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Hawaii > Hawaii State Parks > Maui State Parks
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Maui State Parks



Haleki'i-Pihana Heiau State Monument- This site lies on the north central shore of Maui and contains structures significant in Hawaiian history and culture.
Iao Valley State Park- This state park features unique volcanic formations and a variety of plant species. It is also a site of cultural significance for pre-contact Hawaii.
Kaumahina State Wayside- This state wayside provides a scenic rest stop for travelers on the Hana Highway. A short trail leads to a scenic overlook of the northern Maui coast.
Makena State Park- This state park encompasses 165 coastal acres south of Wailea on Maui. The site provides access to a variety of beach activities.
Polipoli Spring State Recreation Area- This state recreation area lies high in the mountains near the Kula Forest Reserve of east Maui. A four-wheel drive vehicle is recommended to access the site.
Pua'a Ka'a State Wayside- This small rest area lies along the Hana Highway south of Wailua Bay. Picnic tables, restrooms and scenery make is a good place to stop for lunch on the way to or from Hana.
Wai'anapanapa State Park- This state park provides access to hiking, camping, picnicking, fishing and beach activities. It lies a short distance north of Hana on the eastern coast of the island.
Wailua Valley State Wayside- Wailua Valley State Wayside is a small rest area from the Hana Highway. It provides a good viewpoint of the northern Maui coast.

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General Information

Description - Maui's state park system is comprised of eight parks. These parks preserve and protect significant natural, cultural and historical sites throughout the island.

Attractions - Highlights of the parks include historical ruins, exotic and native plant species, scenic views, sandy beaches, volcanic formations and endangered species habitat. Facilities vary from site to site but most picnic areas and restrooms while some offer campgrounds and even cabins.

Recreation - Recreation opportunities at these state facilities vary from viewing cultural ruins to board surfing. Camping and lodging are permitted at two sights on the island. Other activities at state parks include viewing scenery, photography, hiking, swimming, picnicking and fishing.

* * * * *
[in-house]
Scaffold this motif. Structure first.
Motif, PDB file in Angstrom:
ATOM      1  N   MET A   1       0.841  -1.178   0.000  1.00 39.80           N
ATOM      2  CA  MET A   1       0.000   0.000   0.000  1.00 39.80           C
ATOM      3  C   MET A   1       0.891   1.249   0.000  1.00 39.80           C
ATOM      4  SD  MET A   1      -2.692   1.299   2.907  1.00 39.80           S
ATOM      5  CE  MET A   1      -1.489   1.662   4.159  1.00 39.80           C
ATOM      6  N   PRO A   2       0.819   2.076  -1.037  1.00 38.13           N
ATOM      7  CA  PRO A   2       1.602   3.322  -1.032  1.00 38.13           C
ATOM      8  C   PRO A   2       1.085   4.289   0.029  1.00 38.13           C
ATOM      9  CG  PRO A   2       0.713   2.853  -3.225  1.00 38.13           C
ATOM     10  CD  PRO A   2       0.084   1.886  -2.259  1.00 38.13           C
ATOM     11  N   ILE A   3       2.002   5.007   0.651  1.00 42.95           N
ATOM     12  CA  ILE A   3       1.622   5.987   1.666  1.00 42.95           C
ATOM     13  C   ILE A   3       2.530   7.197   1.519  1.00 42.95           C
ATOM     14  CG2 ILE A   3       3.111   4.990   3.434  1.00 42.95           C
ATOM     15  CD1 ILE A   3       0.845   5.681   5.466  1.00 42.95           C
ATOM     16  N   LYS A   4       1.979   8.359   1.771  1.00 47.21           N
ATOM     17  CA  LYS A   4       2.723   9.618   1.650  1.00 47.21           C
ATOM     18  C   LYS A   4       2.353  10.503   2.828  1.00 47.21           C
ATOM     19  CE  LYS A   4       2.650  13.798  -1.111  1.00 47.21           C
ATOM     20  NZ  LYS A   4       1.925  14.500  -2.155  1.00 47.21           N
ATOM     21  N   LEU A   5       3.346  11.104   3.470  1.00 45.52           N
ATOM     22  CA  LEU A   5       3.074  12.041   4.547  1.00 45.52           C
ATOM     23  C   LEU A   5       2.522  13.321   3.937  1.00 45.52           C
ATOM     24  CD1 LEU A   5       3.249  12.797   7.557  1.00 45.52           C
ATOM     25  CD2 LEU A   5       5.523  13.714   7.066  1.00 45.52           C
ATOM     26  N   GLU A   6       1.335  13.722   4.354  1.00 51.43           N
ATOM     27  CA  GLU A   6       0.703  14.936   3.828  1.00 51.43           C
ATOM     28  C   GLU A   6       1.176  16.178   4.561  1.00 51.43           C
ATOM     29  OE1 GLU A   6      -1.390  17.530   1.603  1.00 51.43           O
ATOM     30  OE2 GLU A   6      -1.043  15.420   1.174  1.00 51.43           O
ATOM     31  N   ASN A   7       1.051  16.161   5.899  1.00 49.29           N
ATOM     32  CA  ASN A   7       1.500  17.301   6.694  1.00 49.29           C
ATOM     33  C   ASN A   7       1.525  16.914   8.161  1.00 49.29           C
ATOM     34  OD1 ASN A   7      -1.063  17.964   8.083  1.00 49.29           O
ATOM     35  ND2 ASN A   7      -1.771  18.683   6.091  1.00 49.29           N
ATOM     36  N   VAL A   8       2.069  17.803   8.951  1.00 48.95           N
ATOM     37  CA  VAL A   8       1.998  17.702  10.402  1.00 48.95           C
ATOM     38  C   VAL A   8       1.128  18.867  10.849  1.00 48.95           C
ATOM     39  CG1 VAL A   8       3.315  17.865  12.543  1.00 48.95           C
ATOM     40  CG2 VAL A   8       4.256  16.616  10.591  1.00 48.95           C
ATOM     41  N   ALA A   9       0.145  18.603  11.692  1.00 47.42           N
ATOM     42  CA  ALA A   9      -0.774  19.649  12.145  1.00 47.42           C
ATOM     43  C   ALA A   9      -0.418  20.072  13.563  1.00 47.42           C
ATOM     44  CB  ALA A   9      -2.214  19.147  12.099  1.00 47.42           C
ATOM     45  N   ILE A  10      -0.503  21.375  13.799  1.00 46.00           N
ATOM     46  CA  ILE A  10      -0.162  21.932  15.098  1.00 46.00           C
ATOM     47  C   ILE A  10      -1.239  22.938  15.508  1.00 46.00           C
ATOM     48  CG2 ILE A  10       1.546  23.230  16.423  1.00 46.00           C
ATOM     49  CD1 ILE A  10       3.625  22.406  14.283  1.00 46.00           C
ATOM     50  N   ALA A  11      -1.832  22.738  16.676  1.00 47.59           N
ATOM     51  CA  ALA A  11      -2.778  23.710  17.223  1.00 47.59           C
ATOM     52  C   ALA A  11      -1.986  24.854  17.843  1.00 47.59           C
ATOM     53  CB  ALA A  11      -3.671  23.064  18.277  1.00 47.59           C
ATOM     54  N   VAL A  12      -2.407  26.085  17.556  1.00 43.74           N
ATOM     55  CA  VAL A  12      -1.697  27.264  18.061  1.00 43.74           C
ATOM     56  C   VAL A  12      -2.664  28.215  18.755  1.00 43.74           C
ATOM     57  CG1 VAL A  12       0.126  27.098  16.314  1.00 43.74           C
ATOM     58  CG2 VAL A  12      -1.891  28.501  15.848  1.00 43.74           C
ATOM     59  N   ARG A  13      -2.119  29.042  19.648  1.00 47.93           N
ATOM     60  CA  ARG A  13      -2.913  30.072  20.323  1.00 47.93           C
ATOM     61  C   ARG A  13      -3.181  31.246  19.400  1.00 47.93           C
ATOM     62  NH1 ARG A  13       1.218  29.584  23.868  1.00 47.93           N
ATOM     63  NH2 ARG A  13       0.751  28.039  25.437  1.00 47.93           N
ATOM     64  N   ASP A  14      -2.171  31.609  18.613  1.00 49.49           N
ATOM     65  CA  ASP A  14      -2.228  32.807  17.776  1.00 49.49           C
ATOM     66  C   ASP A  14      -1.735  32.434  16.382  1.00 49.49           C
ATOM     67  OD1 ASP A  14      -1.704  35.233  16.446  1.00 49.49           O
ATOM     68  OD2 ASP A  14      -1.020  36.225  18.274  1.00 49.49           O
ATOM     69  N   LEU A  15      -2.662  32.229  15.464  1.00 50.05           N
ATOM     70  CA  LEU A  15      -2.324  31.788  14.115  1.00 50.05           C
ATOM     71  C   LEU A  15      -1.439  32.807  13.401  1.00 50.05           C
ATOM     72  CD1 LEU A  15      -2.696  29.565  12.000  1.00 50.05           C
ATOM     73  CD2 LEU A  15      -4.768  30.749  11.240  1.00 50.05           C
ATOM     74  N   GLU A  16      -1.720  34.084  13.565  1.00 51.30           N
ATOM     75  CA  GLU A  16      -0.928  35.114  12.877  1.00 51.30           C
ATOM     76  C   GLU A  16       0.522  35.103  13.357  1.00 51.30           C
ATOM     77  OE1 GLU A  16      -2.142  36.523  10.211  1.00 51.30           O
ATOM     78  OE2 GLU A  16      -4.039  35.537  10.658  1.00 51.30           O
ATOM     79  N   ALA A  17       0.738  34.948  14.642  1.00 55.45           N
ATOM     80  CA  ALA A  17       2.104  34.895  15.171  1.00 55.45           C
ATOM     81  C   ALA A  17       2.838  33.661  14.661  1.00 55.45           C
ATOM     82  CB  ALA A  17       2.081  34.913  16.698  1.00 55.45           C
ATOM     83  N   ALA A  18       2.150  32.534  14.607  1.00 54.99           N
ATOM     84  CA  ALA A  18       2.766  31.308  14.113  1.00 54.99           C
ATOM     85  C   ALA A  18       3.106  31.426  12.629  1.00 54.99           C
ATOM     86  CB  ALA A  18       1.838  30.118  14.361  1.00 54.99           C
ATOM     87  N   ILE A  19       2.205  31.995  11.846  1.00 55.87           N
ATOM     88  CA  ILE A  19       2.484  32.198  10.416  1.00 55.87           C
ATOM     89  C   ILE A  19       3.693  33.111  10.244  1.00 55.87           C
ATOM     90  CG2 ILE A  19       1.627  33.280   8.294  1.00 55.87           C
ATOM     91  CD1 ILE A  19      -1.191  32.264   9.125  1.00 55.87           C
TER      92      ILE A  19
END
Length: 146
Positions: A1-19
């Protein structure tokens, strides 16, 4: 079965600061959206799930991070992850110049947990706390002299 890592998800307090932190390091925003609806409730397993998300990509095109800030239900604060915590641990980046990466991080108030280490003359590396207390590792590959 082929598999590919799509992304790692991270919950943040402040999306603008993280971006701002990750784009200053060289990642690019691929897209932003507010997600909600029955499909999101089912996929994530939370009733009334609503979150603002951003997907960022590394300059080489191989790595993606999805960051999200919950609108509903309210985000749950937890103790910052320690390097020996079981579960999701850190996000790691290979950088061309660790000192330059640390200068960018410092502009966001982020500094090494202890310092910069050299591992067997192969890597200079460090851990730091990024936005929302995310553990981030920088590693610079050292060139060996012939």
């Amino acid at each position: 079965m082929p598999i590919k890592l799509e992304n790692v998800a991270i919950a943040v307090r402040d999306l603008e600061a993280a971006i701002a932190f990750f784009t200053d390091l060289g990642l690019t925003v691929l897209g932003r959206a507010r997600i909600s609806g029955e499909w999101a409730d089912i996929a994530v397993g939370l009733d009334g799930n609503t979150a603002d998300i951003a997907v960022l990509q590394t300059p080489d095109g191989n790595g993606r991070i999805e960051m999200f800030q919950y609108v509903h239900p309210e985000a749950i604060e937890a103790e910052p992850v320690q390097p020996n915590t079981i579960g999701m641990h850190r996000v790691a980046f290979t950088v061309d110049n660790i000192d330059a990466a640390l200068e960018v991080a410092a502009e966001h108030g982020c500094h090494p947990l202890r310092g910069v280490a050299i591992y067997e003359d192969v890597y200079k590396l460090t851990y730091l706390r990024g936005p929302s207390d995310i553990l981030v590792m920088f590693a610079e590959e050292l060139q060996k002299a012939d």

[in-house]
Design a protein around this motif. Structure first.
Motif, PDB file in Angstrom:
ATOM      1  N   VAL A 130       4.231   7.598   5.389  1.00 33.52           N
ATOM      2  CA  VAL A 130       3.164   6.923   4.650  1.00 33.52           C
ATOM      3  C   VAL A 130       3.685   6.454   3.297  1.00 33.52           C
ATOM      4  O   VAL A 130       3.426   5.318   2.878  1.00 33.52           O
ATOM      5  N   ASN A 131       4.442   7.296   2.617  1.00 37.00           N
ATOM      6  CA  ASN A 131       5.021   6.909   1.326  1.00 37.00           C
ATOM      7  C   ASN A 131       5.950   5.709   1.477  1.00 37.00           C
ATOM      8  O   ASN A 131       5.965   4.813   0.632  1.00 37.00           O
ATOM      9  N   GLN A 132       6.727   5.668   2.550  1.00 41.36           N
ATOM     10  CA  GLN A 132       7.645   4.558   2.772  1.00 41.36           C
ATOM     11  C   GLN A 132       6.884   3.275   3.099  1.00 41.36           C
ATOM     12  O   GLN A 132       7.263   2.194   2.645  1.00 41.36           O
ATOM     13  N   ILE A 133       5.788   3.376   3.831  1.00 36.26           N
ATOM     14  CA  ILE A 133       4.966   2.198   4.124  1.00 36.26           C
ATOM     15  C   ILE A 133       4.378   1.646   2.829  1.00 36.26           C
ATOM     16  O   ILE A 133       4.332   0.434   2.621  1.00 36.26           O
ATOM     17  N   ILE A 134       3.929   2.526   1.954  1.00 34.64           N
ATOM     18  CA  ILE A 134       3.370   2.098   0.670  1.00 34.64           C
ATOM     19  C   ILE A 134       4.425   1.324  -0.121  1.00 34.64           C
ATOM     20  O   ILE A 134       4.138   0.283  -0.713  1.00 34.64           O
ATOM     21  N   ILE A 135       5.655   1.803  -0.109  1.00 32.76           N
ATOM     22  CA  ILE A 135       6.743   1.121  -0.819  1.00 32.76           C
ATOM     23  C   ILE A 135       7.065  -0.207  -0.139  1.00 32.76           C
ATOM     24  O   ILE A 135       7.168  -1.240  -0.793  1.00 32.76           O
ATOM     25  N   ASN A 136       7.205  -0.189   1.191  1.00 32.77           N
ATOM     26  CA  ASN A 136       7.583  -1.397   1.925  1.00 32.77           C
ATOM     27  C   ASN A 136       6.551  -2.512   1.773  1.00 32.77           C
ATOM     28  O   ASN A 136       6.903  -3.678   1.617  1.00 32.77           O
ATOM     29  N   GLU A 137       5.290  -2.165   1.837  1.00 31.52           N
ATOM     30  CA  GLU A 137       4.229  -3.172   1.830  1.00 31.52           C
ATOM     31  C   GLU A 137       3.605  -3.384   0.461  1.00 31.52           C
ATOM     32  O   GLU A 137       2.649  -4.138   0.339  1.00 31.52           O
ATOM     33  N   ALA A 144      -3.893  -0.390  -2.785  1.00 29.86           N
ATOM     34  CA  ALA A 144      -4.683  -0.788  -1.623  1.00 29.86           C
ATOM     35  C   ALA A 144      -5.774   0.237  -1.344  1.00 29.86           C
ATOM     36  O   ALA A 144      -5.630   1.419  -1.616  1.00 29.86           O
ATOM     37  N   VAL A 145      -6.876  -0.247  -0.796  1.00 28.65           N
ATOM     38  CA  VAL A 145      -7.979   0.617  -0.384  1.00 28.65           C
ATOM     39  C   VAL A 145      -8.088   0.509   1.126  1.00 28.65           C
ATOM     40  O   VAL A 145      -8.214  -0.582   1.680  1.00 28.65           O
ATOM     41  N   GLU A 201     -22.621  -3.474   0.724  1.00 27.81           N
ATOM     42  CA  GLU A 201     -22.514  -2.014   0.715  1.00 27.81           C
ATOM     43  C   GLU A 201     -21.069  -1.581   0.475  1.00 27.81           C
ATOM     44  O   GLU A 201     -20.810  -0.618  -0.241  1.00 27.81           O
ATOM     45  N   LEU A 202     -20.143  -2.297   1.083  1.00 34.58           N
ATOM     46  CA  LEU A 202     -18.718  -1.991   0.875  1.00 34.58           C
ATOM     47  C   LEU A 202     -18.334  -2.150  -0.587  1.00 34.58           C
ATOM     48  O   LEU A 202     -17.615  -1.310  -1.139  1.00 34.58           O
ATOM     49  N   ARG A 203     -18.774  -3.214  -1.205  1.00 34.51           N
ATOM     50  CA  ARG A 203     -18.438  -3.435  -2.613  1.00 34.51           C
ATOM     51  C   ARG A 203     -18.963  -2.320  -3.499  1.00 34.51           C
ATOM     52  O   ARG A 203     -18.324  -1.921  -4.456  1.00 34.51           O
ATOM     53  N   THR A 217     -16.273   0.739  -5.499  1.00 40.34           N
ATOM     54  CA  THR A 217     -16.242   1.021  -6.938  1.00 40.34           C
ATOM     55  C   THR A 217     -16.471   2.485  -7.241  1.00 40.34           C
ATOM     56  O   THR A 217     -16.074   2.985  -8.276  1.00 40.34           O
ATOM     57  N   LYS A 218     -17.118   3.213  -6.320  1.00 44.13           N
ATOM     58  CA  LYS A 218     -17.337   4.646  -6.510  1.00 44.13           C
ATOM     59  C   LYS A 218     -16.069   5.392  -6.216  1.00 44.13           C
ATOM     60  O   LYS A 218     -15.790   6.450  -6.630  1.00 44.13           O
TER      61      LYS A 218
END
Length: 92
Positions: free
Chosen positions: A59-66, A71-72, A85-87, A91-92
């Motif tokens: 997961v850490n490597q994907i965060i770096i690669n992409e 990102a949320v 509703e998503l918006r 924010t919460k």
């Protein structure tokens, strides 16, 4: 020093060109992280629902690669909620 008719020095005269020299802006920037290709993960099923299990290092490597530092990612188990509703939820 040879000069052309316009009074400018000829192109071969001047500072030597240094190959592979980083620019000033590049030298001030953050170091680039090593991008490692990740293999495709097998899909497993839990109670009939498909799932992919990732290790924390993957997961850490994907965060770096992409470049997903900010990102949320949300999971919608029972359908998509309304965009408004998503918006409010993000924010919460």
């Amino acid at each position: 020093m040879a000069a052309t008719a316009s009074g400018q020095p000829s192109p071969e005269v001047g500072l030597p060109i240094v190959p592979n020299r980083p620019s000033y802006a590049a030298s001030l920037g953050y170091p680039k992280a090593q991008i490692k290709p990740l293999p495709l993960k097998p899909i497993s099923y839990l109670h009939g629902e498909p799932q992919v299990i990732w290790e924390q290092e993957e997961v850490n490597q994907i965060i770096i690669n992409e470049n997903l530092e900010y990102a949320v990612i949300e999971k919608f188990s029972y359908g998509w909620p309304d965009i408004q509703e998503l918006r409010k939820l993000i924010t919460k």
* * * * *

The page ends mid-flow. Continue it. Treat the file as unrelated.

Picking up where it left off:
Climate - The climate is pleasantly mild on Maui throughout the year. Temperatures vary annually between 60 and 90 degrees F. Summer temperatures range from 68 to 82 degrees F with the water usually near 80 degrees. Winter temperatures vary from 61 to 80 degrees F with the water temperature close to 77 degrees. More rainfall occurs during the winter than other seasons of the year and most of it falls on the northeastern or windward portion of the island. Temperatures on this island vary more with elevation than seasons. Expect temperatures to drop four degrees F for every 1,000 feet gained in elevation.

Location - The State Parks on Maui are scattered throughout the island. See the individual park descriptions for locations.


Current Conditions & Trip Reports

Trip Reports:
Add your own trip Report! Newly re-released feature. One of the most popular features on Wildernet, trip reports allow you to share your experiences with others. This is an invaluable resource for determining what to expect on your outdoor adventure, so please participate! To prevent spamming, you must be a registered user of Wildernet in order to submit a trip report

Filed By: John & Family (Pt. Reyes, CA)
Number of People Encountered: 0-10 ppl
Recommend to a Friend: Highly
Report: Summary: It was da kine! Stayed in cabins 4 days at Wai'anapanapa state park. (before doing the West Maui thing) A little rustic but then again the price was great. But having a stove and fridge was great. Bought food at natural food store in Pa'ia. But also bought some chicken and fresh Ahi(tuna)so food is available if you don't bring enough or bring any at all. Tuna and chicken was relatively cheap. Went fishing (whipping) but did not catch anything but a good time. Sites: Go early before the tour vans Blue pool - This was a secret spot but now.... Swam in the freshwater caves with the kids...cool(temp and experience) and saw most of the sites(sacred) at the park with a little hiking. Red sand beach was way cool. Turtles safe swimmimg (natural breakwater) in high surf. Cool hippie types...and optional bathing suits(birthday suits)The signs on the trail are not for real..Kinda like people that put a dangerous dog sign and don't own a dog. Koki and Hamoa Beach great body surfing days were had. Seven sacred pools is worth it. Dive off any rock that is safe it is just like you dreamed it. Again do it early as the tour vans swarm in about 12-1pm Aloha


More Information

Contact Information:
Maui District, Hawaii State Parks, 54 South High Street, 101 , Wailuku, HI, 96793, Phone: 808-984-8109

Additional Information:
Maui - Maui is the second largest island in the Hawaiian archipelago. On its shores and mountains are many sites of natural, cultural and historical interest.

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